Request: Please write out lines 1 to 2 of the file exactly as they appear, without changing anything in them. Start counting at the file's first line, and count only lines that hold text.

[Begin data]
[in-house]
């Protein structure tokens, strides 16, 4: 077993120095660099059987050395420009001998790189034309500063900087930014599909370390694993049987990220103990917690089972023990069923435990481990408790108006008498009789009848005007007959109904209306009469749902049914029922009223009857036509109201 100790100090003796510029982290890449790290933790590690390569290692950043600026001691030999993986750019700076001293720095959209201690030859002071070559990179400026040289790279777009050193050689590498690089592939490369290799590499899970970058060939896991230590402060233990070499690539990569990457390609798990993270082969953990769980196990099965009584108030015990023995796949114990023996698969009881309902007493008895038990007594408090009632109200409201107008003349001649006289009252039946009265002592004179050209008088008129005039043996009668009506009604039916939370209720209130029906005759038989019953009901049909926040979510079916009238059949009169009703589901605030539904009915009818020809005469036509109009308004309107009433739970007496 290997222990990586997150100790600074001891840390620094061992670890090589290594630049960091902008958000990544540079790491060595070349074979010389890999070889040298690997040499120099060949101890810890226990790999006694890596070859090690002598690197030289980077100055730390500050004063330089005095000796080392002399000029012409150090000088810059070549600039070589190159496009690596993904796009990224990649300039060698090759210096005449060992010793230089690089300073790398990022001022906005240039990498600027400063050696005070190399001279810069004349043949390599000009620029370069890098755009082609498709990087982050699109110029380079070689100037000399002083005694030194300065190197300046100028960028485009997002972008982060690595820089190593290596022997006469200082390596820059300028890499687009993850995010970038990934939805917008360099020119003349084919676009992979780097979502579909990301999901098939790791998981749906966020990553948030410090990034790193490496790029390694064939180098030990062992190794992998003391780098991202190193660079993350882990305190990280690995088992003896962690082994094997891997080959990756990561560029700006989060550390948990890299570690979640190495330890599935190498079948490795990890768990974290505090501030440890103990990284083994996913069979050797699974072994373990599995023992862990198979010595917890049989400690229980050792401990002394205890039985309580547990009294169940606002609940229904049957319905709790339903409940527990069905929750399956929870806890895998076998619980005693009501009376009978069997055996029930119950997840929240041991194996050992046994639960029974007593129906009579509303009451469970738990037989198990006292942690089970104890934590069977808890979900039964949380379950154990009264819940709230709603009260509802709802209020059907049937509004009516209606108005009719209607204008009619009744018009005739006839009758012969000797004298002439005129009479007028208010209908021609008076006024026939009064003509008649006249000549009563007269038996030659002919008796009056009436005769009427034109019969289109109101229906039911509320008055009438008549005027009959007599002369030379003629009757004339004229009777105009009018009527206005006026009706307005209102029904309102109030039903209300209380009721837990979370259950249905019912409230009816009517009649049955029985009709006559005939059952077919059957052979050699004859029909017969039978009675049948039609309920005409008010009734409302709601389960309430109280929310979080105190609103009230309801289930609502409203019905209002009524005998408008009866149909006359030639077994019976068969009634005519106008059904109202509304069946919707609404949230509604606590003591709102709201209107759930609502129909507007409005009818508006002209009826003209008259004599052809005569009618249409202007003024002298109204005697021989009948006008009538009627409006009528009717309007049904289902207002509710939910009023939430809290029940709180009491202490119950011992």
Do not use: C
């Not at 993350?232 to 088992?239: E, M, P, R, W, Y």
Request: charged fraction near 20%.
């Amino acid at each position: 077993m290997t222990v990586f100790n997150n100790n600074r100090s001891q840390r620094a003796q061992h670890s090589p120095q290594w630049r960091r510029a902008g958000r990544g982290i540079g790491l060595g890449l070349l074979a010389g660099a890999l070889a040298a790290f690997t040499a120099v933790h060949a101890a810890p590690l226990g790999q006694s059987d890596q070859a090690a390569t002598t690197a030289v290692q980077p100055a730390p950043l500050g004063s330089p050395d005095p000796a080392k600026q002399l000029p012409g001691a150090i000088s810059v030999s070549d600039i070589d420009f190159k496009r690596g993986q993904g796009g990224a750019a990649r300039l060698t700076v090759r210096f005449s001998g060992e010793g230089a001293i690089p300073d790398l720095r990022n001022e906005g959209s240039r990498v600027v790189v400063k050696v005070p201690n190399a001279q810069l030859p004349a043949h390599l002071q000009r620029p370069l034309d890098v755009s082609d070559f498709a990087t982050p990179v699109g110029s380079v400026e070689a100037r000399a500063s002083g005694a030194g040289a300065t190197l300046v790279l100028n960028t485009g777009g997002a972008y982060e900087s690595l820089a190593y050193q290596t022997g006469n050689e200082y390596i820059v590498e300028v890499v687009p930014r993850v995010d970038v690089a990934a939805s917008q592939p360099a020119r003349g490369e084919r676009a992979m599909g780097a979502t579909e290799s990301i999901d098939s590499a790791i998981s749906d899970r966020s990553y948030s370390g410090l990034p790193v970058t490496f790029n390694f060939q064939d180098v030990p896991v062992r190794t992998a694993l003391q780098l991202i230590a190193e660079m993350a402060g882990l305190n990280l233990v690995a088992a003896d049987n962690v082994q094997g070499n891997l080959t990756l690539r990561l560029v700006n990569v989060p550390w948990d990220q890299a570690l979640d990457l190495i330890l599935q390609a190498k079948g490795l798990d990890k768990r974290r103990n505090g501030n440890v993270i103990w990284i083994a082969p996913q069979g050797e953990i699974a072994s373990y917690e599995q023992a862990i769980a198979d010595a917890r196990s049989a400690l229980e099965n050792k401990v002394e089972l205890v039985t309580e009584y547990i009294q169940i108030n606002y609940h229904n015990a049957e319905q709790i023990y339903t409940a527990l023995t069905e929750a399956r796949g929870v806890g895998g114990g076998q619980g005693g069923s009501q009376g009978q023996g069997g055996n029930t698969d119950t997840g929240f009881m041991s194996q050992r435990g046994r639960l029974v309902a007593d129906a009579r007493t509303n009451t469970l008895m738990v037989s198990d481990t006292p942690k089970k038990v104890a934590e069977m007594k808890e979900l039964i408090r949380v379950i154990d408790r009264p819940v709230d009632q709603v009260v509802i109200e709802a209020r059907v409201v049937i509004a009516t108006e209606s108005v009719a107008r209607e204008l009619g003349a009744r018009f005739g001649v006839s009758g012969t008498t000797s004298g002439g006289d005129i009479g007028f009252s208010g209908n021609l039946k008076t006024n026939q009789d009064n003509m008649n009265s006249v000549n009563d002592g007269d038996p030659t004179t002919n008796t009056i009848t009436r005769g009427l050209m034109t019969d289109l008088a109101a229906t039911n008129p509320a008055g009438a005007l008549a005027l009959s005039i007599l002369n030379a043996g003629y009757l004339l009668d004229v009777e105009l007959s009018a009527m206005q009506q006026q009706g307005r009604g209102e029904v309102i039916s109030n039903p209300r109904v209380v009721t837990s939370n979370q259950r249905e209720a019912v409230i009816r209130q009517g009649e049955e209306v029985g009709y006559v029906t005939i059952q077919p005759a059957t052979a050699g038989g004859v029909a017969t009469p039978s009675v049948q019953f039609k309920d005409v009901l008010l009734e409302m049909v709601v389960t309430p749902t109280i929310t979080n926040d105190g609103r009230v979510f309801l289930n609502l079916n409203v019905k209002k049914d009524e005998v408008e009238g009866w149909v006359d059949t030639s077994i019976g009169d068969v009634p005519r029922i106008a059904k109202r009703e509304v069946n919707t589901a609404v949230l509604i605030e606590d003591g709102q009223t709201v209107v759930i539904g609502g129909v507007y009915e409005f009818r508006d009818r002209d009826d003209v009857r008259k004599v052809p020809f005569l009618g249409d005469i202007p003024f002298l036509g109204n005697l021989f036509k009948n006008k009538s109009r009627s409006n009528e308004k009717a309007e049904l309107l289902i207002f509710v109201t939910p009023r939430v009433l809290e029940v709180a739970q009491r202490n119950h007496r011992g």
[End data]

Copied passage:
[in-house]
């Protein structure tokens, strides 16, 4: 077993120095660099059987050395420009001998790189034309500063900087930014599909370390694993049987990220103990917690089972023990069923435990481990408790108006008498009789009848005007007959109904209306009469749902049914029922009223009857036509109201 100790100090003796510029982290890449790290933790590690390569290692950043600026001691030999993986750019700076001293720095959209201690030859002071070559990179400026040289790279777009050193050689590498690089592939490369290799590499899970970058060939896991230590402060233990070499690539990569990457390609798990993270082969953990769980196990099965009584108030015990023995796949114990023996698969009881309902007493008895038990007594408090009632109200409201107008003349001649006289009252039946009265002592004179050209008088008129005039043996009668009506009604039916939370209720209130029906005759038989019953009901049909926040979510079916009238059949009169009703589901605030539904009915009818020809005469036509109009308004309107009433739970007496 290997222990990586997150100790600074001891840390620094061992670890090589290594630049960091902008958000990544540079790491060595070349074979010389890999070889040298690997040499120099060949101890810890226990790999006694890596070859090690002598690197030289980077100055730390500050004063330089005095000796080392002399000029012409150090000088810059070549600039070589190159496009690596993904796009990224990649300039060698090759210096005449060992010793230089690089300073790398990022001022906005240039990498600027400063050696005070190399001279810069004349043949390599000009620029370069890098755009082609498709990087982050699109110029380079070689100037000399002083005694030194300065190197300046100028960028485009997002972008982060690595820089190593290596022997006469200082390596820059300028890499687009993850995010970038990934939805917008360099020119003349084919676009992979780097979502579909990301999901098939790791998981749906966020990553948030410090990034790193490496790029390694064939180098030990062992190794992998003391780098991202190193660079993350882990305190990280690995088992003896962690082994094997891997080959990756990561560029700006989060550390948990890299570690979640190495330890599935190498079948490795990890768990974290505090501030440890103990990284083994996913069979050797699974072994373990599995023992862990198979010595917890049989400690229980050792401990002394205890039985309580547990009294169940606002609940229904049957319905709790339903409940527990069905929750399956929870806890895998076998619980005693009501009376009978069997055996029930119950997840929240041991194996050992046994639960029974007593129906009579509303009451469970738990037989198990006292942690089970104890934590069977808890979900039964949380379950154990009264819940709230709603009260509802709802209020059907049937509004009516209606108005009719209607204008009619009744018009005739006839009758012969000797004298002439005129009479007028208010209908021609008076006024026939009064003509008649006249000549009563007269038996030659002919008796009056009436005769009427034109019969289109109101229906039911509320008055009438008549005027009959007599002369030379003629009757004339004229009777105009009018009527206005006026009706307005209102029904309102109030039903209300209380009721837990979370259950249905019912409230009816009517009649049955029985009709006559005939059952077919059957052979050699004859029909017969039978009675049948039609309920005409008010009734409302709601389960309430109280929310979080105190609103009230309801289930609502409203019905209002009524005998408008009866149909006359030639077994019976068969009634005519106008059904109202509304069946919707609404949230509604606590003591709102709201209107759930609502129909507007409005009818508006002209009826003209008259004599052809005569009618249409202007003024002298109204005697021989009948006008009538009627409006009528009717309007049904289902207002509710939910009023939430809290029940709180009491202490119950011992």